Falkland Islands English

Falkland Islands English

In the Falkland Islands, the English language is used, mainly in its British English form. However, due to the isolation of the islands, the small population has developed and retains its own accent/dialect, despite a large English immigration in recent years. In rural areas (i.e. anywhere outside Port Stanley), known as the "camp" (from Spanish "campo"), the Falkland accent tends to be stronger. The accent has resemblances to Australian English, New Zealand English, West Country dialects and the Norfolk dialect.

Other notable Falkland island terms are the words "kelper" meaning a Falkland Islander, from the kelp surrounding the islands (sometimes considered pejorative) and "smoko", referring to a smoking break (and also used in Australian and New Zealand).

As the islands are mainly dependent on sheep rearing for wool, mutton is sometimes known as "365" since they eat it almost every day of the year. The word "yomp" was used by the British military during the Falklands War but is passing out of usage.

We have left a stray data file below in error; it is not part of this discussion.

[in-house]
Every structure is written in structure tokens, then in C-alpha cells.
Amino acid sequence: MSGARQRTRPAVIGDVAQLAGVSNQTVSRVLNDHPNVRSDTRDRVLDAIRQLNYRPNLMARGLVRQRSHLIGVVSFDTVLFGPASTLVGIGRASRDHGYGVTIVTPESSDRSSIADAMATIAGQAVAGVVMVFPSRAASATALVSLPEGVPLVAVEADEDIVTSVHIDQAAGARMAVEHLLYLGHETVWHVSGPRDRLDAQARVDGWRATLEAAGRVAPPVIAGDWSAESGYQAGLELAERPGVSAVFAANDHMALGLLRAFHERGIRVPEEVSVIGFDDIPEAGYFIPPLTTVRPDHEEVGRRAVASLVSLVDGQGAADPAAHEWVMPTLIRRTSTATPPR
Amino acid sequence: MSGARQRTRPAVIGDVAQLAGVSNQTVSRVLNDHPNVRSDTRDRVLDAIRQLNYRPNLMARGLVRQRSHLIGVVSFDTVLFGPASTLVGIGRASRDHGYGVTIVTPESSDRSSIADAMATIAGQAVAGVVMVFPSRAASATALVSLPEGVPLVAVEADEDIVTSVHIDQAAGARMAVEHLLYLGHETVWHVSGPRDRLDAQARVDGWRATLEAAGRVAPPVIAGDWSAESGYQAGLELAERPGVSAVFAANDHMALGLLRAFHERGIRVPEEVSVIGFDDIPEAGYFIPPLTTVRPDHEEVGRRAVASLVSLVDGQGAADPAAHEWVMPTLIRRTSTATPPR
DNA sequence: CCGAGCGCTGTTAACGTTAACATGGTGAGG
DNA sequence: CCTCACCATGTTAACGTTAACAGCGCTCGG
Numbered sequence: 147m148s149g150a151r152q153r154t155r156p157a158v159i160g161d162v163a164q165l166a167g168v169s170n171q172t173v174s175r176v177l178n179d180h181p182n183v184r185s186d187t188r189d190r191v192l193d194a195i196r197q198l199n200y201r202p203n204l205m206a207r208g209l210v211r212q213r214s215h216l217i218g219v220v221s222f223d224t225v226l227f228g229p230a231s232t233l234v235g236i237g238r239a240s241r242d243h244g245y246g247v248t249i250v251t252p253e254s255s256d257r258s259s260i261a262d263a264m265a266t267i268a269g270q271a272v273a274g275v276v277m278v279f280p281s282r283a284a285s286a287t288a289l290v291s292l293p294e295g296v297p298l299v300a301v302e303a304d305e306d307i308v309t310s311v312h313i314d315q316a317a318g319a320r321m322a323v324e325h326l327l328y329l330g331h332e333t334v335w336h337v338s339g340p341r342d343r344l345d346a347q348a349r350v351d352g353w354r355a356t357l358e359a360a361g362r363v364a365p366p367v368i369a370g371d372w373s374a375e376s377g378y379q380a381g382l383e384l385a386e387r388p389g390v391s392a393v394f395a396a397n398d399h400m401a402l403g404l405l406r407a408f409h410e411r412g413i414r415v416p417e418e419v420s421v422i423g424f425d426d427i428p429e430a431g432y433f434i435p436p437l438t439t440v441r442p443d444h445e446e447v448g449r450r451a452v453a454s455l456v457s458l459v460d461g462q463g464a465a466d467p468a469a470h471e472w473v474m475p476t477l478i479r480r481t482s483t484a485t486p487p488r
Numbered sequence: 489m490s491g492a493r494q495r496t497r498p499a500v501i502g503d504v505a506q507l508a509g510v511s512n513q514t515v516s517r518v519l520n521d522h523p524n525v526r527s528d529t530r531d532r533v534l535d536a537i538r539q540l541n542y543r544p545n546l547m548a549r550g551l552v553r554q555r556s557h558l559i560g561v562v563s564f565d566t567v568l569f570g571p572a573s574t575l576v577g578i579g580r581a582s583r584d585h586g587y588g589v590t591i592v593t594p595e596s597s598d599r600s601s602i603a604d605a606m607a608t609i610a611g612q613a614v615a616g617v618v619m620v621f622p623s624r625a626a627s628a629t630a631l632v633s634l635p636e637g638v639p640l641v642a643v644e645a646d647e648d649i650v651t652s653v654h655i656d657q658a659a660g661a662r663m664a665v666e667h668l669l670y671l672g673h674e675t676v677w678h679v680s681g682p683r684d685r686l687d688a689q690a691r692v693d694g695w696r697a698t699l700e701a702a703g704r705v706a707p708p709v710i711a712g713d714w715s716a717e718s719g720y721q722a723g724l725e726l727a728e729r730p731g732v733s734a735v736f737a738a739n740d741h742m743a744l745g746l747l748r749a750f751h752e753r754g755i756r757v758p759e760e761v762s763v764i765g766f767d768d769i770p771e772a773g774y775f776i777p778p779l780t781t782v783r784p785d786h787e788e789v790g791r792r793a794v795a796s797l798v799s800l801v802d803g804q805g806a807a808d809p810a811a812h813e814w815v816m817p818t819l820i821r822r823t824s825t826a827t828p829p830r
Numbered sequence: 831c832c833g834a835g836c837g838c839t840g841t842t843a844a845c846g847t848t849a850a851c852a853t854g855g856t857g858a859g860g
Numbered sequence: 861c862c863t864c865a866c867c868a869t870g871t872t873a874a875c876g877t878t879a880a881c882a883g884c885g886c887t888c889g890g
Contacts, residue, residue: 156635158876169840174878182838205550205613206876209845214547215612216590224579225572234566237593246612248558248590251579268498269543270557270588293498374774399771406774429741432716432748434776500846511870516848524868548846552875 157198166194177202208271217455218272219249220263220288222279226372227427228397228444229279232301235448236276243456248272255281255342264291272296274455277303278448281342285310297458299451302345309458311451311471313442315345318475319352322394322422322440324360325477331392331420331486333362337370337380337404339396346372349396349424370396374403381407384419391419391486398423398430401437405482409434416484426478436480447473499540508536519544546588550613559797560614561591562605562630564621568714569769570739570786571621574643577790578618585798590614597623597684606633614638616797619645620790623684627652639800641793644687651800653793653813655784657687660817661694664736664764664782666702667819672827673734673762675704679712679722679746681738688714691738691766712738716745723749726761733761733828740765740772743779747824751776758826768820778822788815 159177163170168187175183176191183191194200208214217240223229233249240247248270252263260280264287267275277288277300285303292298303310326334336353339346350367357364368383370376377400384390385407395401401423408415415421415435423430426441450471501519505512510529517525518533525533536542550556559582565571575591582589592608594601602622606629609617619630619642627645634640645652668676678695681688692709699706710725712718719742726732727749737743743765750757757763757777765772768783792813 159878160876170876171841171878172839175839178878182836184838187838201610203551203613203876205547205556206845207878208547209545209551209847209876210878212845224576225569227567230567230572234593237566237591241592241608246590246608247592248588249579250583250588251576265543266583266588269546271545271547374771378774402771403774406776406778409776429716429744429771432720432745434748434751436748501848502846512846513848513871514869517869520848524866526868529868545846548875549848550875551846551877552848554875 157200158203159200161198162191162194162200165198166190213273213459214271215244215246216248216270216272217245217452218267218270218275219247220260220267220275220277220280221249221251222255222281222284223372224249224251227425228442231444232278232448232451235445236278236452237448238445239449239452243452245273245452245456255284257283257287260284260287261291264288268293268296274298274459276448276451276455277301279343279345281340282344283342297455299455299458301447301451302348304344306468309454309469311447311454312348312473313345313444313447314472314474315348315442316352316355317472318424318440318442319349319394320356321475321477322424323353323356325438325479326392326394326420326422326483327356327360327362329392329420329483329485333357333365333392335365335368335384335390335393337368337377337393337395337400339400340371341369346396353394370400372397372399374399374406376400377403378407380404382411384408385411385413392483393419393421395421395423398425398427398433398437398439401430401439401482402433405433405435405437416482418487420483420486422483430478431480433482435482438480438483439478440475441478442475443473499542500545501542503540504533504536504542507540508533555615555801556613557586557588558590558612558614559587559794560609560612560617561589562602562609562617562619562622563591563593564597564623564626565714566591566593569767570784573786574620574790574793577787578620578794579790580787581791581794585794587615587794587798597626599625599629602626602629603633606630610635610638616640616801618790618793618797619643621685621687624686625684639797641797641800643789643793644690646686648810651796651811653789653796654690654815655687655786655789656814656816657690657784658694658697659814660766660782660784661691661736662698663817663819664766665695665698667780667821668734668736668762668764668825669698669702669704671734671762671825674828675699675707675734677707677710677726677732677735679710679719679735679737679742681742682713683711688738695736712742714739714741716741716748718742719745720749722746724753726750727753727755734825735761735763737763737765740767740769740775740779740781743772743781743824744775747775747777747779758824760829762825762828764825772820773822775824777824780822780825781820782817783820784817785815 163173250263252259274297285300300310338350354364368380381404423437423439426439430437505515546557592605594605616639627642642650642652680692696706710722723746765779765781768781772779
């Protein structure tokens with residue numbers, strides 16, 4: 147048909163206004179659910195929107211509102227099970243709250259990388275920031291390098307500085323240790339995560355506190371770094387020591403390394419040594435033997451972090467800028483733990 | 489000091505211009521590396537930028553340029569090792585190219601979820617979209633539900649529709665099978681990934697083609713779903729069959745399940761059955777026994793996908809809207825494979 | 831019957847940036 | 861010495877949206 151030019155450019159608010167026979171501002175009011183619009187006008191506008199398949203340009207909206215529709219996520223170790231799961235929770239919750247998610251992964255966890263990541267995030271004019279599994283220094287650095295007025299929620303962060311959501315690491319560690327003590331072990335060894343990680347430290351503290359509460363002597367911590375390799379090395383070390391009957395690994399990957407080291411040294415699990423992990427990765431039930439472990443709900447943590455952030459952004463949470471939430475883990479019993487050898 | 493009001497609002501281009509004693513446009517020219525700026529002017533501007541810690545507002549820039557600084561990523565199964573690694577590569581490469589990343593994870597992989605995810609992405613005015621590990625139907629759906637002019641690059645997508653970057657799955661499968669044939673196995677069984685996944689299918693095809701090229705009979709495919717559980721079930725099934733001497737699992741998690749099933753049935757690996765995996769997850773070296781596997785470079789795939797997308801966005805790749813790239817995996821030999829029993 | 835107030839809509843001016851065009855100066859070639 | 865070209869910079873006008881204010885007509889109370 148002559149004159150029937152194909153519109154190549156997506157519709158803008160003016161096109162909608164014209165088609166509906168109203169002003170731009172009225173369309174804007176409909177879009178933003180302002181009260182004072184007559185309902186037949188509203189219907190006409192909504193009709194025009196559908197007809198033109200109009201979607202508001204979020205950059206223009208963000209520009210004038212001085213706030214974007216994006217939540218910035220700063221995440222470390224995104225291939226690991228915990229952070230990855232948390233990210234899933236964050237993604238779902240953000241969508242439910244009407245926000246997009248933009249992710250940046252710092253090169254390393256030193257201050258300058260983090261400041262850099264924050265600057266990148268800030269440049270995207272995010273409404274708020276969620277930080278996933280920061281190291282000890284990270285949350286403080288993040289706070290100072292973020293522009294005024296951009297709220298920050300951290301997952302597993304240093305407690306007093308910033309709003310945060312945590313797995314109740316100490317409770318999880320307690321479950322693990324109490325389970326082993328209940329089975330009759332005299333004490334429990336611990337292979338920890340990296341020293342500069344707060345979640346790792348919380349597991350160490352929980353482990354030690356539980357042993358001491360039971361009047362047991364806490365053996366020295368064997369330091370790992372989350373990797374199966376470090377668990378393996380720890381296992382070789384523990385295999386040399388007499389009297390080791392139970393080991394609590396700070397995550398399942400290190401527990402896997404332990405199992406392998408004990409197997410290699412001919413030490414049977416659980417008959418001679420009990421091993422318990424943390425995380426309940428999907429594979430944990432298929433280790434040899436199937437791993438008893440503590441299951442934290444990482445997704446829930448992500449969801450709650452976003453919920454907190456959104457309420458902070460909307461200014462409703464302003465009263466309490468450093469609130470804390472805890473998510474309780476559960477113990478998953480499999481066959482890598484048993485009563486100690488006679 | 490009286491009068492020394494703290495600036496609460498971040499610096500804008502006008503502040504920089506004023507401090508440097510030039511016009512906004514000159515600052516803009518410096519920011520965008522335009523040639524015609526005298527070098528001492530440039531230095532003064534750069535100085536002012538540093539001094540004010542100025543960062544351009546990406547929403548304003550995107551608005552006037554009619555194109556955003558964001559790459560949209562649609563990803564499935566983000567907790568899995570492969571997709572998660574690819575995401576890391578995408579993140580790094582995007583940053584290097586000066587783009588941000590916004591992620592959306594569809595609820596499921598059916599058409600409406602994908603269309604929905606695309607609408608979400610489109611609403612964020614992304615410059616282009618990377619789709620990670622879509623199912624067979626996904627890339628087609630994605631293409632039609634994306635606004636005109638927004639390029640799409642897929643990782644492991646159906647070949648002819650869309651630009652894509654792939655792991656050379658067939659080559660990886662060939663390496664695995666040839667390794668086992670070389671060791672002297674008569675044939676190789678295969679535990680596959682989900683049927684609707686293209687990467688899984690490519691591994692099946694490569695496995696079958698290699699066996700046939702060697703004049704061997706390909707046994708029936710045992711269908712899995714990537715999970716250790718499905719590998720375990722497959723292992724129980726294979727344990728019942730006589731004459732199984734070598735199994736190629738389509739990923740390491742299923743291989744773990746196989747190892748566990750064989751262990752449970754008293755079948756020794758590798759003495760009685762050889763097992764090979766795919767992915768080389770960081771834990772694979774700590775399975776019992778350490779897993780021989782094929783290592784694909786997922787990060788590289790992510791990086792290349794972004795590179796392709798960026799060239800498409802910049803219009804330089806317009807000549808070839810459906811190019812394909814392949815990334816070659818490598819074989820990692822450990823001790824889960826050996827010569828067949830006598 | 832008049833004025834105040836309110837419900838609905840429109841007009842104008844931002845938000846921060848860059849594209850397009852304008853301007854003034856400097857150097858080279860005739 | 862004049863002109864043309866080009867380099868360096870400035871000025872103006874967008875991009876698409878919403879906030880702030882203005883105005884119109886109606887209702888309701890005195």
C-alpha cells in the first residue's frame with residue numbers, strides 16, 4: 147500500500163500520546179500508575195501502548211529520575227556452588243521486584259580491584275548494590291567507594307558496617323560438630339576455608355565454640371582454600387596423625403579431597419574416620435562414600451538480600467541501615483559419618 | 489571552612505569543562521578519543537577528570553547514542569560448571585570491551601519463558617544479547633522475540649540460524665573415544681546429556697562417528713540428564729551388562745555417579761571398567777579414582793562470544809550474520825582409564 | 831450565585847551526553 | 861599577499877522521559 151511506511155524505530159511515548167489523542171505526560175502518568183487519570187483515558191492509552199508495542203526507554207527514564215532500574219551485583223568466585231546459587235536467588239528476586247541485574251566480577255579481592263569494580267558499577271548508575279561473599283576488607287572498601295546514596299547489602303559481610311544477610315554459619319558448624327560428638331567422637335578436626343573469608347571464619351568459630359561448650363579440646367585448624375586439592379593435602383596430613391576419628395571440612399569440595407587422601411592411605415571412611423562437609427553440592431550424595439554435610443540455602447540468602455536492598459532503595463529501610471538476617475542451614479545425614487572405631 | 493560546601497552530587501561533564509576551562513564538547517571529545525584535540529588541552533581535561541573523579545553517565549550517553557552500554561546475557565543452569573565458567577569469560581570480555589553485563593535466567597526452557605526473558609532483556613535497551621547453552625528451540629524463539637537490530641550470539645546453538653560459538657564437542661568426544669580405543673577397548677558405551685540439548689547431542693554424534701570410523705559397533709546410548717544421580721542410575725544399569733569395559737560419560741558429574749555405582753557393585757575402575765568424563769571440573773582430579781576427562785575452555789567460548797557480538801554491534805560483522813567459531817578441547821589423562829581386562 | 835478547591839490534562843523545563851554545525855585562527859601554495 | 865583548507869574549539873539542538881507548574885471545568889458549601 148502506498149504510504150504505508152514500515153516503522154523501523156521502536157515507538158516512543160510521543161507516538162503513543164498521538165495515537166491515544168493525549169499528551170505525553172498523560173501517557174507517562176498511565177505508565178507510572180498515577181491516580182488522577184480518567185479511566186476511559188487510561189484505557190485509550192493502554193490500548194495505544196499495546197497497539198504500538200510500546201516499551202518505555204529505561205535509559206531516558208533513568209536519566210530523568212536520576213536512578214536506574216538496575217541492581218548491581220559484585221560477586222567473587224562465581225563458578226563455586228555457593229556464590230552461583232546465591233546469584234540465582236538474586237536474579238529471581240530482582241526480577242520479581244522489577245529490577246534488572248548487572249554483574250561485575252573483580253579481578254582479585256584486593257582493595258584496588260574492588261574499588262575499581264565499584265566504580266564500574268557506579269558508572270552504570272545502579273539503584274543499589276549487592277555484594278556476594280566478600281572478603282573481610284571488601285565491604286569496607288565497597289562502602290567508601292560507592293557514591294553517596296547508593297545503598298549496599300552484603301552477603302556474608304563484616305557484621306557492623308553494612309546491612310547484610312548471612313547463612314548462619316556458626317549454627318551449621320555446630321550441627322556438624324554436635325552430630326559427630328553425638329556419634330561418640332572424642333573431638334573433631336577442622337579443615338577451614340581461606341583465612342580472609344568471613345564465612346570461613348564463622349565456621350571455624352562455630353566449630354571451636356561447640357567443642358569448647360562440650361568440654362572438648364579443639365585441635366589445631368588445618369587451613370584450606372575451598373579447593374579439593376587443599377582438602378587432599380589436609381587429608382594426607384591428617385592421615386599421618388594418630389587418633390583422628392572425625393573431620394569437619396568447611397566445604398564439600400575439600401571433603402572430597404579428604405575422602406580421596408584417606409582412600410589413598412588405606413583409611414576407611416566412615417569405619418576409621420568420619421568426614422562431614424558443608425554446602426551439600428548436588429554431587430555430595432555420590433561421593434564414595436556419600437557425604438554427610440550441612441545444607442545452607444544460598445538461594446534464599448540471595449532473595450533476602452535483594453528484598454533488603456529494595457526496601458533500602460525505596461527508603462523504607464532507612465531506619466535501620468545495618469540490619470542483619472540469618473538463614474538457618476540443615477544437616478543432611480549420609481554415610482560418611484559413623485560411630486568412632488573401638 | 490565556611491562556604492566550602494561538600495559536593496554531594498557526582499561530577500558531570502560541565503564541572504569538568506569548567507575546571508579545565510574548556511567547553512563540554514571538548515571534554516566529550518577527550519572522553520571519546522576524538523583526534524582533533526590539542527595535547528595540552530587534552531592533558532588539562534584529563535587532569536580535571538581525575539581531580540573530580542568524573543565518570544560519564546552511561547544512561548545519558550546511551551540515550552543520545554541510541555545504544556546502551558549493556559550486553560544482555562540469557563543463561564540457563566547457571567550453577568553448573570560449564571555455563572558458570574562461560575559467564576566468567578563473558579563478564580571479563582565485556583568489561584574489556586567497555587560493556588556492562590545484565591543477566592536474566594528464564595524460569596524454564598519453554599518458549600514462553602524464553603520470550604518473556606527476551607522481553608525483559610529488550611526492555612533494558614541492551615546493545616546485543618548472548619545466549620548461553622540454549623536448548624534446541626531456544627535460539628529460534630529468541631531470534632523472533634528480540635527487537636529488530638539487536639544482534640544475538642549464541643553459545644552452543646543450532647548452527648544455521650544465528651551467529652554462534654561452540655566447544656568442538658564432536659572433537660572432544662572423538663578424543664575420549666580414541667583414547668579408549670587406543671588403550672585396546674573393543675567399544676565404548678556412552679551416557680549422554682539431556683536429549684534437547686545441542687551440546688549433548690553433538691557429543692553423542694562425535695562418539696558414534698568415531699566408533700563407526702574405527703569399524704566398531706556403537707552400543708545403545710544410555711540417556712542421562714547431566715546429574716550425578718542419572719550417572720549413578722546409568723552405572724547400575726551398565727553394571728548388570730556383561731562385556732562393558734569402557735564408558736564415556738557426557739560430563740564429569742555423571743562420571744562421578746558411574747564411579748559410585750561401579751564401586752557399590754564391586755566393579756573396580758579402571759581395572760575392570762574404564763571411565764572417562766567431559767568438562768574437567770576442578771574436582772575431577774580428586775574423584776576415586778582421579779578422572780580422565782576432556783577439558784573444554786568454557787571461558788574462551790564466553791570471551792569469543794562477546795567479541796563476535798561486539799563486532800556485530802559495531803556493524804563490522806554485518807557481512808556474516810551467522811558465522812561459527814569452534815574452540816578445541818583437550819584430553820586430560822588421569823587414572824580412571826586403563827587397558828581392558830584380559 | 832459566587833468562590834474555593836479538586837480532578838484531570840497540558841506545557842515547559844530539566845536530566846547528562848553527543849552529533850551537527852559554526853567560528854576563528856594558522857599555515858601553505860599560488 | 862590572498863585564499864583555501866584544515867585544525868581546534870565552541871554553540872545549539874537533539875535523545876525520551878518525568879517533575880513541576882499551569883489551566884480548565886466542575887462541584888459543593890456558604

In recent years, a substantial Saint Helenan population has arrived, mainly to do low paid work, and they too have a distinct form of English.

panish loanwords

The Falklands English vernacular has a fair amount of borrowed Spanish words (often modified or corrupted); they are particularly numerous, indeed dominant in the local horse-related terminology. For instance, the Islanders use ‘alizan’, ‘colorao’, ‘negro’, ‘blanco’, ‘gotiao’, ‘picasso’, ‘sarco’, ‘rabincana’ etc. for certain horse colours and looks, or ‘bosal’, ‘cabresta’, ‘bastos’, ‘cinch’, ‘conjinilla’, ‘meletas’, ‘tientas’, ‘manares’ etc. for various items of horse gear.Spruce, Joan. "Corrals and Gauchos: Some of the people and places involved in the cattle industry". Falklands Conservation Publication. Bangor: Peregrine Publishing, 1992. 48 pp.]

Unlike the older English, French and Spanish place names given by mariners, which refer mainly to islands, rocks, bays, coves, and capes (points), the post-1833 Spanish names usually identify inland geographical locations and features, reflecting the new practical necessity for orientation, land delimitation and management in the cattle and sheep farming. Among the typical such names or descriptive and generic parts of names are ‘Rincon Grande’, ‘Ceritos’, ‘Campito’, ‘Cantera’, ‘Terra Motas’, ‘Malo River’, ‘Brasse Mar’, ‘Dos Lomas’, ‘Torcida Point’, ‘Pioja Point’, ‘Estancia’, ‘Oroqueta’, ‘Piedra Sola’, ‘Laguna Seco’, ‘Manada’, etc. ]


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